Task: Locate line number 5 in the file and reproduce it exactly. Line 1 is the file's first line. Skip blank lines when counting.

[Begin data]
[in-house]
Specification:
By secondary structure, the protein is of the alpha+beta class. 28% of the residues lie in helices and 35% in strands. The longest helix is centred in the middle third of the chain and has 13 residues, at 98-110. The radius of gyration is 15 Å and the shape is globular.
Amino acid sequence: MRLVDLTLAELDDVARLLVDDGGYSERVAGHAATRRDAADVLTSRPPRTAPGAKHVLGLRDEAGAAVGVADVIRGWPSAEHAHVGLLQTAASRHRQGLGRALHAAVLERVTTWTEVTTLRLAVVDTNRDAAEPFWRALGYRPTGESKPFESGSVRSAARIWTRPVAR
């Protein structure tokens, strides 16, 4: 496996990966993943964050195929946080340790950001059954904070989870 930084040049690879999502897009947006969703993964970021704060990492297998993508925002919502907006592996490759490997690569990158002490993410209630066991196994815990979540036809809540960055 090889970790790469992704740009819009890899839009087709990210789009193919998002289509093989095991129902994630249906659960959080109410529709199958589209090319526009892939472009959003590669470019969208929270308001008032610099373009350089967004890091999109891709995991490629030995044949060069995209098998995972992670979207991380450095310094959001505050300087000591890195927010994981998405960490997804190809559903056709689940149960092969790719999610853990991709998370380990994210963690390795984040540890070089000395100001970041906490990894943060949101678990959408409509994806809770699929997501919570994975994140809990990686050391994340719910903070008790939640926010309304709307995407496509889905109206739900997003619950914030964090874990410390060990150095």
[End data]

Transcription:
């Protein structure tokens, strides 16, 4: 496996990966993943964050195929946080340790950001059954904070989870 930084040049690879999502897009947006969703993964970021704060990492297998993508925002919502907006592996490759490997690569990158002490993410209630066991196994815990979540036809809540960055 090889970790790469992704740009819009890899839009087709990210789009193919998002289509093989095991129902994630249906659960959080109410529709199958589209090319526009892939472009959003590669470019969208929270308001008032610099373009350089967004890091999109891709995991490629030995044949060069995209098998995972992670979207991380450095310094959001505050300087000591890195927010994981998405960490997804190809559903056709689940149960092969790719999610853990991709998370380990994210963690390795984040540890070089000395100001970041906490990894943060949101678990959408409509994806809770699929997501919570994975994140809990990686050391994340719910903070008790939640926010309304709307995407496509889905109206739900997003619950914030964090874990410390060990150095």